Though several law professors have pointed out using the “Slaughter rule” may very well be unconstitutional, Speaker Pelosi hopes it will give enough plausible deniability to save wavering Democrats from consequences at the polls.  After all, Rasmussen polls show only 42% support the bill (and only 23% do so “Strongly”), while 53% of Americans oppose it (46% “Strongly”).

Of even greater concern are the measures written into the existing bill.  The US Council of Catholic Bishops has pointed out that the current bill provides funding for abortions, fails to secure conscience clauses to protect healthcare workers who are asked to act contrary to their beliefs, and even favors particular states and ethnic groups over others.

Then there is the price-tag and lack of cost controls in a time of economic hardship.  Perhaps you heard the USA’s credit rating is about to be downgraded?

*Sarcasm* What’s not to like?

No wonder they want to slip this by the American people before we can examine the 1000+ page monstrosity and raise our objections.

So much for the will of the people.

So much for “transparency” and the Constitution…

Stand up and make your voice heard.  To the left in my Blogroll you’ll see a link that helps you find and contact your “Elected Officials”.  Use your power, before they trample on it.  Make sure the needed reforms are effected carefully and properly, rather than in the current ineffective and wasteful manner.

Theological Thursdays: There’s an App for That!

Today’s foray into all things theological, I thought I’d review an application (app) I downloaded last week for my iPod Touch.  “Divine Office” costs $9.99, and is well worth every penny.  Now instead of fumbling through a print version of the Divine Office (a Catholic prayer tradition originating with the early monastics), it’s all there on your screen, and exceedingly portable.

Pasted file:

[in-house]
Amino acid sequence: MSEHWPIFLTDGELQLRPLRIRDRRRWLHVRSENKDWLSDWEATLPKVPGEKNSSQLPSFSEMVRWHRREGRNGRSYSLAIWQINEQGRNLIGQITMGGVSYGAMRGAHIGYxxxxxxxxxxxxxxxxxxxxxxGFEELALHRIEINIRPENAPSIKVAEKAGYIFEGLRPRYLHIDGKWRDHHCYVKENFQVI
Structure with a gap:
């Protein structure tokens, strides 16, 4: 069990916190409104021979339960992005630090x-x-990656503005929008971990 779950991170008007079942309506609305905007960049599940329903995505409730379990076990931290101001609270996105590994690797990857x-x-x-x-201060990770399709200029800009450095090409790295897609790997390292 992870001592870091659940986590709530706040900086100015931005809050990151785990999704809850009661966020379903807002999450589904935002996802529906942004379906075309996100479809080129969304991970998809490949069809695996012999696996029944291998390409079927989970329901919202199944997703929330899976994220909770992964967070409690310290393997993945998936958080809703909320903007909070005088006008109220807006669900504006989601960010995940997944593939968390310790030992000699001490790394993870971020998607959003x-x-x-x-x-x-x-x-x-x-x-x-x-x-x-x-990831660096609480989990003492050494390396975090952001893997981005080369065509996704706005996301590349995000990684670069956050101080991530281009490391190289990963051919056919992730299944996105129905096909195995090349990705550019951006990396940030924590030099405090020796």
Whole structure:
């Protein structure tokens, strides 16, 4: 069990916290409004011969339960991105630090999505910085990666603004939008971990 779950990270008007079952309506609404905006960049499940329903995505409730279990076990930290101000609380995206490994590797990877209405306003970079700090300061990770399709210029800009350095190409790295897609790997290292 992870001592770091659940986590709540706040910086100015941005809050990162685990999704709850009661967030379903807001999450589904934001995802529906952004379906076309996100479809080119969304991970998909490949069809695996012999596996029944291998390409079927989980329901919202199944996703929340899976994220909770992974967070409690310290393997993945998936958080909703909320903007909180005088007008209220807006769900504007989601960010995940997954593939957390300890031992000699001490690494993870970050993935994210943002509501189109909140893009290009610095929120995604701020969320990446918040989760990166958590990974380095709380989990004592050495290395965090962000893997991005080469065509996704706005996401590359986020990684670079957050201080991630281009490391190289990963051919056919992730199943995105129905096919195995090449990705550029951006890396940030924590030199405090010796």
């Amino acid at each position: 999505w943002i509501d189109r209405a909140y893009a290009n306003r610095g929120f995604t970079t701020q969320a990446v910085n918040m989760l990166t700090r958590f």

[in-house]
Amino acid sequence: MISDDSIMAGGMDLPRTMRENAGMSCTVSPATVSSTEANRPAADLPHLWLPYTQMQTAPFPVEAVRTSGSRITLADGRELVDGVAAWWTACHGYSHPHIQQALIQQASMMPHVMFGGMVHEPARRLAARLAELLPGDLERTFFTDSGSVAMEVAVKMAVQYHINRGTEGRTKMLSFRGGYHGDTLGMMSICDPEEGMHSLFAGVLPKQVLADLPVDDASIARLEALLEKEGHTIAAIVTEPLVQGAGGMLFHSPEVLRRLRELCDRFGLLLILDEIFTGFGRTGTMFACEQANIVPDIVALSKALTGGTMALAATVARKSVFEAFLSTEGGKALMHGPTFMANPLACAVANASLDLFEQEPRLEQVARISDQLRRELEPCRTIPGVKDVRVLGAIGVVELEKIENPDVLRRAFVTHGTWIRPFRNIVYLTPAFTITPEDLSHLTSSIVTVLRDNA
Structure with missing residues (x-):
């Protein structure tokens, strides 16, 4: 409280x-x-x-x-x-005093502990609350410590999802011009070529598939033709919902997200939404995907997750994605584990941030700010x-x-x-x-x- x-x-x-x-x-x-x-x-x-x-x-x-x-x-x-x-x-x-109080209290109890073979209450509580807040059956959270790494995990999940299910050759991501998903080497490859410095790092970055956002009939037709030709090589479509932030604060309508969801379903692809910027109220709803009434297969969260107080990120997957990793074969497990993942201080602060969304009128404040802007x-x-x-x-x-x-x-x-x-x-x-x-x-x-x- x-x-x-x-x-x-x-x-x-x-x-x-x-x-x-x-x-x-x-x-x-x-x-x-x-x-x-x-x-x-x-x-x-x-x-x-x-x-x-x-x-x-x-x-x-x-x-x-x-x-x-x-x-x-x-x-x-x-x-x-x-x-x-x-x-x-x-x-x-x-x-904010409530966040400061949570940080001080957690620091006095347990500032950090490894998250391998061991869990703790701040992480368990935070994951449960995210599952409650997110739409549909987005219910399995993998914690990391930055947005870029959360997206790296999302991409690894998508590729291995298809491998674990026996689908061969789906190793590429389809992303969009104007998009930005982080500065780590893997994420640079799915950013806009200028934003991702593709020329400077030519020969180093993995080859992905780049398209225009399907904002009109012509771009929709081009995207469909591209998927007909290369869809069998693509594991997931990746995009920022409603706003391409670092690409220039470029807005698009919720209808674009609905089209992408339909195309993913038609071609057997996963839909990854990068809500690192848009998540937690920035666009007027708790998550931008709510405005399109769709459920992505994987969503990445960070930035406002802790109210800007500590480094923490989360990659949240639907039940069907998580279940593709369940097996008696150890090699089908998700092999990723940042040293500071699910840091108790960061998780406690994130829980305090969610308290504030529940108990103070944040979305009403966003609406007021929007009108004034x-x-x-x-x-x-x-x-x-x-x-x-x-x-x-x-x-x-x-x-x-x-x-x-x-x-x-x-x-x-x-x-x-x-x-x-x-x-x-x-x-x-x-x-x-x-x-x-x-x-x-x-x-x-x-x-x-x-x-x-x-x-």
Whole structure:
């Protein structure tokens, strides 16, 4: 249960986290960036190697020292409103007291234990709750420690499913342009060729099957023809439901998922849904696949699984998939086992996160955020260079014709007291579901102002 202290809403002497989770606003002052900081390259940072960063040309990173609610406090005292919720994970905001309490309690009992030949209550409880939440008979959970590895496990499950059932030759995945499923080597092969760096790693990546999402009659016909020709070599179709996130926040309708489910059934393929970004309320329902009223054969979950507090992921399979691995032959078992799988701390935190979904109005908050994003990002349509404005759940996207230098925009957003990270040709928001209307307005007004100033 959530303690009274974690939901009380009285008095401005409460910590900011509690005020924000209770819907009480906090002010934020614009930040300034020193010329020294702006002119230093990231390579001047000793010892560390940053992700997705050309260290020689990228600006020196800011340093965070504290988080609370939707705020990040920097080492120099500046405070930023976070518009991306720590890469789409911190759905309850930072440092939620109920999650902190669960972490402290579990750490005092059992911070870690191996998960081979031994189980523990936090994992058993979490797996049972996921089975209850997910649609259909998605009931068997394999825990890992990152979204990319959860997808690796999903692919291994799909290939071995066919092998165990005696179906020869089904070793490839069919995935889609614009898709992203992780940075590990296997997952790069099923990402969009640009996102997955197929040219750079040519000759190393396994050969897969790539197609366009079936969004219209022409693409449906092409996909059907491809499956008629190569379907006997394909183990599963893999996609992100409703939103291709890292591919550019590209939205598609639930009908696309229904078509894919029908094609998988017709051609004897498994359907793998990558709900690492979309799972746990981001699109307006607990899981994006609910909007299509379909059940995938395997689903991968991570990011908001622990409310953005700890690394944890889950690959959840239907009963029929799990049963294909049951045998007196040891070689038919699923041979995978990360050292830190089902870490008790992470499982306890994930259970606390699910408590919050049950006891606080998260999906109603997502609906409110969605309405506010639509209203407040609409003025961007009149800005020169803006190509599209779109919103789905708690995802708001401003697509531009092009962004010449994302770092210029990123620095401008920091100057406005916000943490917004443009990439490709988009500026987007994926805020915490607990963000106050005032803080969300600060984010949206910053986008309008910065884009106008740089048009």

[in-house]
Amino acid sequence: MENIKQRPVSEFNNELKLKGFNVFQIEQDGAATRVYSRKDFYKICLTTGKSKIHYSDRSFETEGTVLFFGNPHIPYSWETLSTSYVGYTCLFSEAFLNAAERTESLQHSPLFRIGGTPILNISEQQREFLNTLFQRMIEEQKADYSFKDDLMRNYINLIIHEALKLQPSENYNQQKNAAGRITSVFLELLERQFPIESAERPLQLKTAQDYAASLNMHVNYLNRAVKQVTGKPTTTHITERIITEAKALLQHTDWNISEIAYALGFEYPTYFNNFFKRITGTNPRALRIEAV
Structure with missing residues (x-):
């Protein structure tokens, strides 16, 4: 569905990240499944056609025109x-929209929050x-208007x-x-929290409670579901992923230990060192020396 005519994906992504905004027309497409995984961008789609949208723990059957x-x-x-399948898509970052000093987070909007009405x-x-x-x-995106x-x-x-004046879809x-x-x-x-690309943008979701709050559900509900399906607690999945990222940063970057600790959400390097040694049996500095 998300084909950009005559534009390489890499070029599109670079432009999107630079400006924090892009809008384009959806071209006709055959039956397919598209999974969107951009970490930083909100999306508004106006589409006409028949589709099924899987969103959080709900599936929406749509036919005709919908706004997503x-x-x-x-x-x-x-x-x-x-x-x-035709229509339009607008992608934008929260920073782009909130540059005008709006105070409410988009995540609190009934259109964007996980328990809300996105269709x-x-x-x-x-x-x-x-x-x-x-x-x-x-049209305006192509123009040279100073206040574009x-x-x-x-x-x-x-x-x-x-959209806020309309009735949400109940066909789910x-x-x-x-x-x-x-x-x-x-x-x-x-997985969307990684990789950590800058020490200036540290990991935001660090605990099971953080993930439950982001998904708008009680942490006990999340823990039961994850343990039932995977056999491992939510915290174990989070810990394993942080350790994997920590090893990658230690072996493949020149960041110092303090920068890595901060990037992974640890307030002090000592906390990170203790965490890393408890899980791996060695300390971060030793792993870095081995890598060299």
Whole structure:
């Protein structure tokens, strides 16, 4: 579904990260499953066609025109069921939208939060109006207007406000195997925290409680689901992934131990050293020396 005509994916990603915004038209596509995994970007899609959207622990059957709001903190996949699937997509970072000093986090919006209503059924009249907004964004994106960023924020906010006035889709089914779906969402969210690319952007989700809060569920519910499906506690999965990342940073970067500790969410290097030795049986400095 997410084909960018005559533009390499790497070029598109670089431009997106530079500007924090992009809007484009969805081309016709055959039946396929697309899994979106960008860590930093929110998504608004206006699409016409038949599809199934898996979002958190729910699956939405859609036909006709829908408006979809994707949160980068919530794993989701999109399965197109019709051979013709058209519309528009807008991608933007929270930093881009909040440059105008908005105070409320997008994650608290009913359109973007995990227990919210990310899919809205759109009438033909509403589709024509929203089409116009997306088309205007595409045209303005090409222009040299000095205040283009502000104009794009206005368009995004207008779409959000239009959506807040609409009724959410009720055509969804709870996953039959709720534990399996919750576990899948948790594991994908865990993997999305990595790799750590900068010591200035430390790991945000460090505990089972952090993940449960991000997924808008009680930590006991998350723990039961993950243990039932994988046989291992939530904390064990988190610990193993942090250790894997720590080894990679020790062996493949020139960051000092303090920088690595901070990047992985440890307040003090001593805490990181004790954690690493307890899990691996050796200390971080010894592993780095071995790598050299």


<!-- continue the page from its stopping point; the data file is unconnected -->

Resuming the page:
The app can be set to automatically download the prayers for the day, five days worth at a time.  Better still, with the touch of a button you can enable the audio feature, providing you with recordings of men and women praying segments of the Office with you.  It is broken into Invitatory, Morning, Midday, Evening, and Night Prayer, though the audio support is  provided for everything but Midday Prayer (text is provided for all of them).   For nearly ten years I’ve prayed the Office, first in the print pocket edition (Magnificat), then with the clunkier “traditional” tome. It was a great comfort and blessing to have the Office, and I credit it with saving my life and sanity (well, most of it) during a particularly dark time of undergrad.

Having the audio option not only provides you with hymns beautifully sung and performed by true artists, but makes present the tangible comfort of the Church.  There have been times, whether during travel or the still hours of late night or early morning, that one can feel profoundly alone.  To hear a human voice praying with you can be a great balm to the wound of loneliness.

Other quirky features include a map that will show you the locations of others praying the Office at the same time  (you must be on-line for this feature to work properly), and occasional supplemental reflections are provided.  I highly recommend this app from Surgeworks.

Say Hello to My Little Friend…

The world just got a little more dangerous:

I support the Second Amendment, but inventions like this submachinegun make me nervous.